Policy implications

The implications of the Alcohol Action report are clear. As Don Shenker, Chief Executive of Alcohol Concern, said:

“It is a failing of the current system that so many licences are being granted without due consideration to young people’s health... Local licensing committees are currently operating with one arm tied behind their backs. Current licensing legislation does not give licensing committees enough power to restrict high density of licensed premises. A new health objective should be included in the Licensing Act to enable local authorities to refuse new licenses in order reduce alcohol-related harm and protect young people."
For The Guardian report link here. For the full Alcohol Concern report click here.

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Alcohol related collateral damage and the weekend warriors

In Addiciton Journal this month, Thomas F Babor writes that the 'negative effects from others' drinking were reported by over 70% of Australians in the past year, with 51% experiencing serious adverse effects'.  The article considers how to measure these negative consequences of alcohol and draws in particular on the Laslett and co assessment of 'how the drinking of individuals can affect the social fabric of a society' and the Giesbrecht et al study of 'collateral damage' from the ‘second-hand effects of drinking’.

Oxford Street Party
Babor praises Laslett's 'service' and says "in brief, the authors have provided a national-level assessment of how the drinking of individuals can affect the social fabric of a society.  The impact is widespread and significant in terms of psychological, physical, social and economic costs.  Although Australia may not be representative of countries with lower levels of per capita income and alcohol consumption, the article raises some fascinating questions about the ways in which alcohol-related problems are defined, conceptualized, measured, and controlled"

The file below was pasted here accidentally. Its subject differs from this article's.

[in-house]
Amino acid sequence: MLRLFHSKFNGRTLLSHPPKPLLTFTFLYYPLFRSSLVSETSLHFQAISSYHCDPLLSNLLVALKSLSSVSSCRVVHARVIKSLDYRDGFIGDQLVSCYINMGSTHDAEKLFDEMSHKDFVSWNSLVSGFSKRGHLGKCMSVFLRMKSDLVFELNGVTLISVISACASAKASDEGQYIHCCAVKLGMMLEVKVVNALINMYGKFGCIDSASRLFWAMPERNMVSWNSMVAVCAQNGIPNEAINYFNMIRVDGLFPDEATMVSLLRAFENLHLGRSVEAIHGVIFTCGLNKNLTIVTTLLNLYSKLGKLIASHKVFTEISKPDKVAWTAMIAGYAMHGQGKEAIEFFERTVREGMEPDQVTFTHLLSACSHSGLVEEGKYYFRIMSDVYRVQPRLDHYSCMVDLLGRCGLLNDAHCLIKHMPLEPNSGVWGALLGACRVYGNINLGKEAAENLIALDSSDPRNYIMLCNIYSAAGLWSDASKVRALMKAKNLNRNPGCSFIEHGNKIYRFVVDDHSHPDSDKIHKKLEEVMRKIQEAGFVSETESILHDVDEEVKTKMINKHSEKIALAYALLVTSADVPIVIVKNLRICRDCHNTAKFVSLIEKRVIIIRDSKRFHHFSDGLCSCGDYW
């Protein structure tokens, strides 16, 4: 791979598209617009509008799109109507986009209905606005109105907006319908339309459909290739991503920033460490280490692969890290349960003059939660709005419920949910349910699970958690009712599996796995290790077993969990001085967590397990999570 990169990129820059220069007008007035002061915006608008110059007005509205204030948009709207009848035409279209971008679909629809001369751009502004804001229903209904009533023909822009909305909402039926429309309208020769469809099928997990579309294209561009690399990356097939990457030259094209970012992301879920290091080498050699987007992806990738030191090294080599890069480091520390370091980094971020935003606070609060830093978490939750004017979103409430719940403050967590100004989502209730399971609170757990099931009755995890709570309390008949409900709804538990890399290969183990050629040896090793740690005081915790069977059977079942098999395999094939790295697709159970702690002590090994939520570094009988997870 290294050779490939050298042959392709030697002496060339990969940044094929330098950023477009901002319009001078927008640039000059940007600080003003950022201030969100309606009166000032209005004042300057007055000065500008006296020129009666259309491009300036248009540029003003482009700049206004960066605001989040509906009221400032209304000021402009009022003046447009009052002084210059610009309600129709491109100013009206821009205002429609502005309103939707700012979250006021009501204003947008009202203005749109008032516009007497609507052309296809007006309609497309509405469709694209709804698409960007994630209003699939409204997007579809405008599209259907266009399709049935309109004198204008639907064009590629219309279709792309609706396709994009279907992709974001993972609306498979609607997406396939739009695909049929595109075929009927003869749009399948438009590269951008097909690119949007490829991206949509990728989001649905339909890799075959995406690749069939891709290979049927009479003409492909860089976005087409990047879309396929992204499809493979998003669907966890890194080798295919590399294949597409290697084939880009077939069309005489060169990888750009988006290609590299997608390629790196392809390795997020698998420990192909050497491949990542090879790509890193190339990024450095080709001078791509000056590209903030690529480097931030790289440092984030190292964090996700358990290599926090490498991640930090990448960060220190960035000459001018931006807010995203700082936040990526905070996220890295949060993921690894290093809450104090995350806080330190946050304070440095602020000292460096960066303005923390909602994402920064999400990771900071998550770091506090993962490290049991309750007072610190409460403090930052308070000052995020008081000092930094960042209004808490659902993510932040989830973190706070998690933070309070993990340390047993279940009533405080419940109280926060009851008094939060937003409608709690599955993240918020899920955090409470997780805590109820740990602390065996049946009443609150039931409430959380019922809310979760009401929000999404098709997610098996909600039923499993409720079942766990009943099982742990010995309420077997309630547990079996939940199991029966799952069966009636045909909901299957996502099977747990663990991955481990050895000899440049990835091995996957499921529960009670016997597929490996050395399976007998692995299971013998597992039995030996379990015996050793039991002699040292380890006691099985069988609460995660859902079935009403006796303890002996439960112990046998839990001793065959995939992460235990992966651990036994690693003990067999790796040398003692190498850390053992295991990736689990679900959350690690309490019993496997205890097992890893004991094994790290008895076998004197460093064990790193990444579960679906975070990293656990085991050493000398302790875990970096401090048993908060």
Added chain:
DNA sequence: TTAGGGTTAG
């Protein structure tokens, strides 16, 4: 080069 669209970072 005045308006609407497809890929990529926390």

Babor asks what the negative social consequences of alcohol are.  He identifies 'spoiled social occasions, emotional wounds, arguments, physical violence, workplace problems, failed expectations, care demands, embarrassment and exposure to physical risk'.  But he also suggests that we should identify and quantify 'the many other consequences that are more subtle, chronic and unseen.  These include chronic stress, failed marriages, maladaptive family dynamics, unwanted noise, broken bottles and trash to clean up, childhood psychological trauma, fetal alcohol spectrum disorders, neighborhood crime, family members' increased health care needs, and environmental degradation connected with the production of alcoholic beverages'.